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May 17, 1991 - Image 53

Resource type:
Text
Publication:
The Detroit Jewish News, 1991-05-17

Disclaimer: Computer generated plain text may have errors. Read more about this.

LEGS UP
ON THE
COMPETITION

Men's

as unworthy of man. Yet the
New Testament records
Jesus saying, "But the one
who disowns me in the pres-
ence of men, I will disown in
the presence of my Father in
heaven" (Matthew 10:33). In
other words, Jesus seems to
advocate treating others as
they have treated him; a
standard of justice that is
perfectly commensurate
with the demand of "an eye
for an eye."
In the time of the Talmud,
"an eye for an eye" was not
carried out literally, and Or-
thodox Jewish scholars
teach that it was never prac-
ticed. The Talmud's rabbis
feared that the very process
of removing the perpetra-
tor's eye might kill him as
well, and that, of course,
would be forbidden (Bava
Kamma 84a). "An eye for an
eye" was therefore under-
stood as requiring monetary
compensation equivalent to
the value of an eye. The
same understanding was
applied to almost all the
other punishments enu-
merated in the same biblical
verse, "a tooth for a tooth, a
wound for a wound."
The only punishment in
this set that was not con-
verted to a monetary fine
was capital punishment for
murderers, "a life for a life."
Because the Torah believed
that premeditated murder

deserved the death penalty,
there was obviously no fear
of punishing the killer ex-
cessively. Jewish law did
dictate, however, that mur-
derers be executed in the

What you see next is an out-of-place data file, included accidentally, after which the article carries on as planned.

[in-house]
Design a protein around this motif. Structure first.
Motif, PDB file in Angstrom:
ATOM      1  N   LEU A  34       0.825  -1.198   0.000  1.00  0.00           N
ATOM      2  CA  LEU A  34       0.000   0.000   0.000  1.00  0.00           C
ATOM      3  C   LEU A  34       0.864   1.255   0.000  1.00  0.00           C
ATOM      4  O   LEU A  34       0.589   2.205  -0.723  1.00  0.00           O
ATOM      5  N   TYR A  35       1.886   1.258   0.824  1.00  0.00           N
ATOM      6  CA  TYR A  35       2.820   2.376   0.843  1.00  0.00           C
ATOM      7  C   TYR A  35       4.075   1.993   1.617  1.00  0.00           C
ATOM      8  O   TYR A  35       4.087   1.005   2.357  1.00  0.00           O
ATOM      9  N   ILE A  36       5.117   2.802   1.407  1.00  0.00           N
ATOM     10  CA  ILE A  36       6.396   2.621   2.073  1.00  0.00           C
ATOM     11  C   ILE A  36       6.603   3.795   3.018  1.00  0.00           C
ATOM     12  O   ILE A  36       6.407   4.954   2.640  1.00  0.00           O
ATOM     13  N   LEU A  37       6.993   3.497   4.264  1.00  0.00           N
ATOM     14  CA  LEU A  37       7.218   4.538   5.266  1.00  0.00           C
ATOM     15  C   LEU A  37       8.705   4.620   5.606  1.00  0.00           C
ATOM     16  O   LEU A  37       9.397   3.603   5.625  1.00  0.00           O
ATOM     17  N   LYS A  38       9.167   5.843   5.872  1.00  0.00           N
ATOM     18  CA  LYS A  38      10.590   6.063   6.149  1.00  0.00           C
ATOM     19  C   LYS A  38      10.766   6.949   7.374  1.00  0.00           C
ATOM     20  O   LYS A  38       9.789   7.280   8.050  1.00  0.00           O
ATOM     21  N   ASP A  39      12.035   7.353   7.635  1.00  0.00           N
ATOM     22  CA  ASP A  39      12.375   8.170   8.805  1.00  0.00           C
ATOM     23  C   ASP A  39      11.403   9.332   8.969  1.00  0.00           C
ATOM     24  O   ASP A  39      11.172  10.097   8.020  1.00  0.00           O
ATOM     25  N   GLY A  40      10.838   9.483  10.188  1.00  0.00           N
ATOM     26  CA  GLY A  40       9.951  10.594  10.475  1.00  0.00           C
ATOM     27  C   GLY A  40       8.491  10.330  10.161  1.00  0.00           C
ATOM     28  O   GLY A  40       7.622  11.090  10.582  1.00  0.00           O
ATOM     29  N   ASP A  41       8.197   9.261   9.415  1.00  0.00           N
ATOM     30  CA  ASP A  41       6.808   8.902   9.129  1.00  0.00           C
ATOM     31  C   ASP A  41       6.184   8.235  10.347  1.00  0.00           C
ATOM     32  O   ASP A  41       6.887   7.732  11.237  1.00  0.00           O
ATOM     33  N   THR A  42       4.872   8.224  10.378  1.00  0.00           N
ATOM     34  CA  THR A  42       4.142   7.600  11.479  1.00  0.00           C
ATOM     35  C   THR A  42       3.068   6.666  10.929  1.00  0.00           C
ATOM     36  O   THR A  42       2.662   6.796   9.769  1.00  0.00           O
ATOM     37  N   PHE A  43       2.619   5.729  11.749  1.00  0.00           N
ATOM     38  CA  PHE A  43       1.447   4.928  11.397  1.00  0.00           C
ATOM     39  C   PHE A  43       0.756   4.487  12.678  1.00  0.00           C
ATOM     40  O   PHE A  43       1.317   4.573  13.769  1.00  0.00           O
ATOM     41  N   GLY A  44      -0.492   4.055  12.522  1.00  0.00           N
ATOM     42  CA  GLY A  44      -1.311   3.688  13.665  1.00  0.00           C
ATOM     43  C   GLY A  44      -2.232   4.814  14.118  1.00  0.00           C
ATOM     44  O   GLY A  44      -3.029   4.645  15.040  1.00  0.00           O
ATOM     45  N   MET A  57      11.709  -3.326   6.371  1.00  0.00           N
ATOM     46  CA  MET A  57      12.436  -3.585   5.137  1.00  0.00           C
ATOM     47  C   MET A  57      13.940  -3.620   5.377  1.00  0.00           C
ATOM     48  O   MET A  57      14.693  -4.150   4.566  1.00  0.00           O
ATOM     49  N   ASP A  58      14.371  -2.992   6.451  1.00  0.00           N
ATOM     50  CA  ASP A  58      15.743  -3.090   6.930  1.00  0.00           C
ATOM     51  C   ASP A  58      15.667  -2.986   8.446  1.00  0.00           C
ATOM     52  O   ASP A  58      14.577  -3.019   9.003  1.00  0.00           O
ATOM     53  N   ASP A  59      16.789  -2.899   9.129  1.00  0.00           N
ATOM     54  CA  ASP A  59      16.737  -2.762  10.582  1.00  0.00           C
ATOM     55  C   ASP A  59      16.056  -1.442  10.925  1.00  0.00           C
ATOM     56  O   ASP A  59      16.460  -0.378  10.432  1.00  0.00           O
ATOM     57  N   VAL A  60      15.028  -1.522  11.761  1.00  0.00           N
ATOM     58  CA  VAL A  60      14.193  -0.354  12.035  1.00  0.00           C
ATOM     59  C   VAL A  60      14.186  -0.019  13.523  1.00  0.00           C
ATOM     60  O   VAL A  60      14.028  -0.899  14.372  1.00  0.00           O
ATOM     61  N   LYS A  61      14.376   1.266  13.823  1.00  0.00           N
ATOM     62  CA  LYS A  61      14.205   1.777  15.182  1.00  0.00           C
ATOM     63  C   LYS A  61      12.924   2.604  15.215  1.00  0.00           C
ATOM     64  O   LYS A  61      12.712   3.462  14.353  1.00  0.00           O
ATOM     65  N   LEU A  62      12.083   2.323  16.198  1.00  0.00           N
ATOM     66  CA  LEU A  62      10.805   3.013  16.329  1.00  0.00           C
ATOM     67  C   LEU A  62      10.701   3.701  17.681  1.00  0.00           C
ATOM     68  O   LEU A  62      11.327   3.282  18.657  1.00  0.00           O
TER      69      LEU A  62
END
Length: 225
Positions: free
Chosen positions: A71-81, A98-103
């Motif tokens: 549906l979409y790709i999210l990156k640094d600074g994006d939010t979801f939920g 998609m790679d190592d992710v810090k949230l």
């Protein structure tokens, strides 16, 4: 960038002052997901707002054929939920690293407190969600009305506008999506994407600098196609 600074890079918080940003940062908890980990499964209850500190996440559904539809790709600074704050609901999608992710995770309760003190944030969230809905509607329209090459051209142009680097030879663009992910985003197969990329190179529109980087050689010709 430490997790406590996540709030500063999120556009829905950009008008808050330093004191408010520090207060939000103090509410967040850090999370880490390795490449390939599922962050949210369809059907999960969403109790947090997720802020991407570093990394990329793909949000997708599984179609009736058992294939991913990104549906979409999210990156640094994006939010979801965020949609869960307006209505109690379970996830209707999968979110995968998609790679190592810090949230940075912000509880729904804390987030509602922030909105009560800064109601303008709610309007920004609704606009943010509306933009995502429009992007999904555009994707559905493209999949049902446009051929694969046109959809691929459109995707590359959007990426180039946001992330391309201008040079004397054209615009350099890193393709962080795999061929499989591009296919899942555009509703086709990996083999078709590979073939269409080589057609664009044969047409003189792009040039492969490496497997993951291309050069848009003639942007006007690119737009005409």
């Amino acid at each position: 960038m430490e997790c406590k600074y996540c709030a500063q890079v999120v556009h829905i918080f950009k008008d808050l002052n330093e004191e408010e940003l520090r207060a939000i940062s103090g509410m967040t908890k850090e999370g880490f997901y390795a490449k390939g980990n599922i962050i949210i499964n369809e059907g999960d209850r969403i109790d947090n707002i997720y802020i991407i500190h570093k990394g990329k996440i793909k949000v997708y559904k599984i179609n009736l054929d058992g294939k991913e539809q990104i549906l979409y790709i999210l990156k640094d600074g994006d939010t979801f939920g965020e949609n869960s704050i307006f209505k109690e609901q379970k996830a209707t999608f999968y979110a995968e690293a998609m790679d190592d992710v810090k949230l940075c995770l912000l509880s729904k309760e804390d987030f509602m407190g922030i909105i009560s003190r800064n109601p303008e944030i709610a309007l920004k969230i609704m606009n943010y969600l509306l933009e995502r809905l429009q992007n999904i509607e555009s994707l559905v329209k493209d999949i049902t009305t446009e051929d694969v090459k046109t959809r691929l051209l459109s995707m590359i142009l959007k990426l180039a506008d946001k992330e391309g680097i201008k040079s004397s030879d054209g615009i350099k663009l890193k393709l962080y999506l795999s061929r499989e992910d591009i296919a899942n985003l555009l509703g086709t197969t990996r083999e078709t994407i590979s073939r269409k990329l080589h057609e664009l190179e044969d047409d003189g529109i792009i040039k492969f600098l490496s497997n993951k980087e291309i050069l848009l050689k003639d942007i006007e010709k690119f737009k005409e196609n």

quickest manner possible.
Hence, later Jewish law for-
bade the Roman punishment
of crucifixion.
Torah law also forbade
remitting a murderer's sen-
tence with a monetary fine.
Life and money, according
to the biblical ethic, are in-
commensurate; one can nev-
er atone for murder by pay-
ing money. In this regard,
too, Torah law differed from
the laws of the ancient Jews'
neighbors, which would
sometimes fine those who
had murdered people belong-
ing to a lower social class
and which made certain
property crimes (for exam-
ple, looting at a fire) capital
offenses.

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In Jewish law, property
crimes could never be pun-
ished with death, and mur-
derers could never be let off
with payment of money,
even if the family of the vic-
tim was willing to accept it
Both in its insistence that
evil must be punished and in
its equal insistence on set-
ting limits to that punish-
ment, "an eye for an eye" is
a basic principle of biblical
justice. ❑

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The rabbi, whose previous
books include Jewish
philosophy and several
mysteries, said his passions
came through in this book,
though he tried to be fair.
He cites as examples his
chapter on Reconstruc-
tionist Judaism, which he is
critical of, and the Bar
Kochba revolution, which he

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An Antidote For
Jewish Ignorance

Most Jews can tell you the
three components of the
Trinity but have a much
more difficult time explain-
ing mitzvot, according to
Joseph Telushkin
Rabbi Telushkin writes in
the introduction of his new
book, Jewish Literacy, that
"at a time when Jewish life
in the United States is flour-
ishing, Jewish ignorance is,
too."
He said he spent the last
several years compiling the
346 short chapters of his
book, ranging from the Bible
and Jewish history to Zio-
nism and Jewish beliefs, to
"provide a source of basic
information about Judaism
and Jewish life."

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Jewish life.
The rabbi said there is
more than enough material
for a sequel to his en-
cyclopedic tome but he is
now working on a new,
lighter book on the 100 best
Jewish jokes and what they
tell us about Jews. ❑
Gary Rosenblatt

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Congress, believes world
Jewry must focus all of its
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Soviet Union and Ethiopia.
The main task of Jewish
communities around the
world is helping the immi-
grants, Mr. Kahn said.

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THE DETROIT JEWISH NEWS

53

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